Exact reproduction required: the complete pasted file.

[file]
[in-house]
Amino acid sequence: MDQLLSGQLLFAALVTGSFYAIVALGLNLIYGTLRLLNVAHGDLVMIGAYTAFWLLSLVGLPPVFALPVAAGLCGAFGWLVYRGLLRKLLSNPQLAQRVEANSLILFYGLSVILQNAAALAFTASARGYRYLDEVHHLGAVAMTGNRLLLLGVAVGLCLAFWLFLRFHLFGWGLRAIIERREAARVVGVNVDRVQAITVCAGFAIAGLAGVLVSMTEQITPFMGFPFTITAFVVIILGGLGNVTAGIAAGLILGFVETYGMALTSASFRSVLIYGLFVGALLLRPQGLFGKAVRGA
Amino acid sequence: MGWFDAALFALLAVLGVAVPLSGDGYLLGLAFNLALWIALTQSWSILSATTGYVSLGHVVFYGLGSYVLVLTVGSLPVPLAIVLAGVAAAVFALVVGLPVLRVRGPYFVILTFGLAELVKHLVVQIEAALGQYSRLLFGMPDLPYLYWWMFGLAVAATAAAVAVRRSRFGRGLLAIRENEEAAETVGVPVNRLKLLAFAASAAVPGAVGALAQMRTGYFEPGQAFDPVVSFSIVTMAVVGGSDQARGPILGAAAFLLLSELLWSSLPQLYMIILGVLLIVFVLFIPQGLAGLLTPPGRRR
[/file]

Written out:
[in-house]
Amino acid sequence: MDQLLSGQLLFAALVTGSFYAIVALGLNLIYGTLRLLNVAHGDLVMIGAYTAFWLLSLVGLPPVFALPVAAGLCGAFGWLVYRGLLRKLLSNPQLAQRVEANSLILFYGLSVILQNAAALAFTASARGYRYLDEVHHLGAVAMTGNRLLLLGVAVGLCLAFWLFLRFHLFGWGLRAIIERREAARVVGVNVDRVQAITVCAGFAIAGLAGVLVSMTEQITPFMGFPFTITAFVVIILGGLGNVTAGIAAGLILGFVETYGMALTSASFRSVLIYGLFVGALLLRPQGLFGKAVRGA
Amino acid sequence: MGWFDAALFALLAVLGVAVPLSGDGYLLGLAFNLALWIALTQSWSILSATTGYVSLGHVVFYGLGSYVLVLTVGSLPVPLAIVLAGVAAAVFALVVGLPVLRVRGPYFVILTFGLAELVKHLVVQIEAALGQYSRLLFGMPDLPYLYWWMFGLAVAATAAAVAVRRSRFGRGLLAIRENEEAAETVGVPVNRLKLLAFAASAAVPGAVGALAQMRTGYFEPGQAFDPVVSFSIVTMAVVGGSDQARGPILGAAAFLLLSELLWSSLPQLYMIILGVLLIVFVLFIPQGLAGLLTPPGRRR